PHOENIX – Hoisting the World Baseball Classic trophy six years ago, Paul Goldschmidt and Nolan Arenado basked in the glory of victory while donning the Stars and Stripes.
Back then, the duo were members of the Arizona Diamondbacks and the Colorado Rockies, respectively and had even faced each other in a 2017 National League Wild Card game at Chase Field.
Now, as members of the St. Louis Cardinals, the pair are looking to raise the championship trophy once again as the only returning members of the 2017 Team USA title team.
Although it’s been six years, the feeling of representing the United States never faltered for either Goldschmidt or Arenado.
“The environment is very similar to the playoff environments that I’ve been in,” Arenado said. “But I think winning the gold medal – we can’t play in the Olympics. (The WBC) really is up there for me. Winning that was amazing.
“Being able to be part of a team that won – I actually didn’t perform well in 2017, either – so just being part of a group of people that picked each other up was an amazing feeling. For me, it’s way up there because wearing USA and having fans chanting that, it just hits a little bit different.”
Goldschmidt was a fan-favorite at Chase Field for eight seasons with the Diamondbacks, who drafted him in 2009 and the 2022 NL MVP played some of his best baseball during his time in Arizona shortly after that 2017 WBC tournament.
After winning the gold medal in 2017, Goldschmidt tore the NL West apart over the next six months, tying a career-high in homers with 36 along, driving in 120 runs and finishing third in MVP voting that season.
“I do think this prepares you,” he said of the WBC. “You’re kind of closer to midseason form, and all of a sudden Opening Day rolls around. You’re like, ‘I’ve already been doing this!’ The intensity is not anywhere close to these games until you get to the playoffs. And so I think it has the potential to help. It’s not a guarantee. But looking back, I think it can get you in a better spot.”
So, of course, he wanted more.
“I’ve said it, it’s one of the best baseball experiences in my life – the one in 2017 – because of how positive that I was,” he said. “I begged to be on this team. I would have done anything, I had so much fun. It’s way up there.”
Goldschmidt, a seven-time All-Star, has never advanced past a NL Championship Series during his career, but he believes winning the WBC championship might rank up there with a World Series in some ways.
“But it’s different (than winning a World Series) when you’re representing your country and you’re playing with different players,” he said. “So both those things are success as a team. They’re a little different, but they’re both ranked way up there.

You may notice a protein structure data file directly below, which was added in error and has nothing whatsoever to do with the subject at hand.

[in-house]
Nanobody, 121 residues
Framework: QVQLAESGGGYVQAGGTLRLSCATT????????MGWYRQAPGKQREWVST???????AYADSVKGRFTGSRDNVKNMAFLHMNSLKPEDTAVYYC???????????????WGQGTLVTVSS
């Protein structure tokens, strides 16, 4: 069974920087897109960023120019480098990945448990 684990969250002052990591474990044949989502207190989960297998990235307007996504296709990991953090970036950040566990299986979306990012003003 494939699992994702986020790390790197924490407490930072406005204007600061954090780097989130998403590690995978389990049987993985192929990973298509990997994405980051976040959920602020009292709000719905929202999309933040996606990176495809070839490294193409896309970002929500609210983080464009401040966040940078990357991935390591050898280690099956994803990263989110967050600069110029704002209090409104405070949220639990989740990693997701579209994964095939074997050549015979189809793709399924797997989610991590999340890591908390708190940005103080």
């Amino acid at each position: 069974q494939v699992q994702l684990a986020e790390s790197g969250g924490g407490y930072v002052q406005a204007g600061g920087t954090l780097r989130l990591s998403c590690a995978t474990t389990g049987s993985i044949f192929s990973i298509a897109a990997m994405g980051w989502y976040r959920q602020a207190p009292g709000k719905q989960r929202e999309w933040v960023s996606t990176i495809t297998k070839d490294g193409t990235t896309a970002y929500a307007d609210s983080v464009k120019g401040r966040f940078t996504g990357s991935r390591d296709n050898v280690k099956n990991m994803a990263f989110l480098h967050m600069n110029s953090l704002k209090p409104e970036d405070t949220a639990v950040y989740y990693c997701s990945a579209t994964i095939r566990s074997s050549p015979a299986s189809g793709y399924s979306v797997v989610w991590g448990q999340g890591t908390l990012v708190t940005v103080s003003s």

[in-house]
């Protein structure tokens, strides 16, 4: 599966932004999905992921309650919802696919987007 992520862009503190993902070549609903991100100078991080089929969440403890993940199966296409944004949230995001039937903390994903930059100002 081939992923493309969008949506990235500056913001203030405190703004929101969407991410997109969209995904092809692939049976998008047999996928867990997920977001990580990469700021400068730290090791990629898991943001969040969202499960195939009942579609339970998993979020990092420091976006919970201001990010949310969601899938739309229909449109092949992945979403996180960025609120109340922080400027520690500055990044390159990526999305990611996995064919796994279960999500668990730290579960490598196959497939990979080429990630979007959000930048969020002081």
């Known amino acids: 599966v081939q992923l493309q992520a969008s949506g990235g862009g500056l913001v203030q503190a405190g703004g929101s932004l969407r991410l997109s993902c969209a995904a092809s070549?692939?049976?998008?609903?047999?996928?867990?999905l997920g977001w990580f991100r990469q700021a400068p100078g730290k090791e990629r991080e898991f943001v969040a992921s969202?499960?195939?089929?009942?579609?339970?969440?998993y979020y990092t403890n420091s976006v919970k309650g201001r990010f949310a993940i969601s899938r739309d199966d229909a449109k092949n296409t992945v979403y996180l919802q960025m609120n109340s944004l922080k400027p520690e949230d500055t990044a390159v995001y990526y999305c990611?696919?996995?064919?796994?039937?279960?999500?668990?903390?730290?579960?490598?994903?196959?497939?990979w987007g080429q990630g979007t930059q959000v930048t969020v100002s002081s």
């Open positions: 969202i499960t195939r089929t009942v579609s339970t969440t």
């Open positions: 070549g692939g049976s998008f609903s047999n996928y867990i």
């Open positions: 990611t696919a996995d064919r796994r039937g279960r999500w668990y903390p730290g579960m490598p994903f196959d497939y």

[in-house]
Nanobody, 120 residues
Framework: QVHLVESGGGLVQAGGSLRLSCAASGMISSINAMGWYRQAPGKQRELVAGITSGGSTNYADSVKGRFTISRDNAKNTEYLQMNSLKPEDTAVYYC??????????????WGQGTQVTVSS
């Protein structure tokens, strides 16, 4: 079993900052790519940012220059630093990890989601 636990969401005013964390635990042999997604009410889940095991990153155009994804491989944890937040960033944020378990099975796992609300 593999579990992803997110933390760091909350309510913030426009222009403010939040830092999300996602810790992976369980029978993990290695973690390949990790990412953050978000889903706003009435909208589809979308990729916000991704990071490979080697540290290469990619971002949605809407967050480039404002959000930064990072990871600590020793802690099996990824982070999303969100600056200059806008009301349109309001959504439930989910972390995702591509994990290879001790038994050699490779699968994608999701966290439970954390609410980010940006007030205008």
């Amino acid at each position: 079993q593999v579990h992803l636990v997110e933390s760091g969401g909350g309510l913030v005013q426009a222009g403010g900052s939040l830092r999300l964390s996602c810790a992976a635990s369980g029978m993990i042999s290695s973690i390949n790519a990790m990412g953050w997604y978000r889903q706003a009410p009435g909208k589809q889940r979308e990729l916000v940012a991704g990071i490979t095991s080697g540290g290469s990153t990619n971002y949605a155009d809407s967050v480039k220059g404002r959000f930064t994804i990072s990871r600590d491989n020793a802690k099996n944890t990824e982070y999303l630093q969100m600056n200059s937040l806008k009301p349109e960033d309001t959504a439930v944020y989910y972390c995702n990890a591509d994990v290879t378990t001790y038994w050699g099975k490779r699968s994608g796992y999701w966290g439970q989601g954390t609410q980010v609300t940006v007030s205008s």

Despite his self-described struggles in the 2017 WBC, Arenado had a season for the Rockies that rivaled the one Goldschmidt had that year.
Arenado slugged 37 homers, drove in 130 runs and finished one spot behind Goldy in the NL MVP race. Arenado agrees that the WBC helps players prepare for the marathon that is an MLB season. He expressed his love for the event, adding that if he could give any advice to younger players, it would be to play in this tournament.
Despite winning it all in 2017, both players would prefer to have better individual performances this time around. Arenado went five-for-31 at the plate Goldschmidt one-of-13 in 2017, and current TEAM USA manager Mark DeRosa attributed their slumps back then to a lack of maturity as players.
“I think maybe for both of them, it leaves a bad taste in your mouth,” DeRosa said. “ Paul didn’t start that final game, Eric Hosmer did. For him (Goldschmidt) to stand up the first day after I addressed the team and kind of reiterate that point, I think they’ve matured as professionals, as superstars in the game. They’re going to be major contributors to what we do if we’re going to win this thing.”
The now-veterans are off to a great start. In Saturday night’s matchup against Great Britain, Arenado went 3-5 with two RBIs while Goldschmidt couldn’t stay off the base paths, accounting for three runs and reaching first base three times during the game.
As leaders of this year’s team, the two pass on the wisdom they took from their 2017 experience to those who are participating in their first World Baseball Classic. Goldschmidt mentioned that sharing his experiences with teammates about how a player can’t rely on their normal regular-season routine during the tournament has helped ease the nerves of some of his teammates on the international stage.
“You don’t have the guy who normally throws BP, and your hitting coach and teammates and all that stuff,” Goldschmidt said. “ They’re playoff-type games, World Series-type atmosphere. So, giving a little insight. To me that’s been the biggest thing, is just to share what we went through. And guys did that for us, too, and to pass that forward.”
Chase Field was sold out for Team USA’s Sunday night loss to Mexico and there were 39,650 fans on hand for the U.S. victory over Great Britain to begin defense of that 2017 gold medal, underscoring Goldschmidt’s point about the playoff-like atmosphere.
“Everyone wants to get that big hit and win the game and win this thing,” he said. “So I think it’s about more, at least I think from an offensive side, kind of controlling your emotions and not getting too amped up where you’re chasing pitches out of the zone and stuff like that.
“I think you try to use that energy for focus and not necessarily like to take your intensity up. Intensity is already there. Just kind of use, not just the crowd, but the players around us to just make sure your focus is tough.”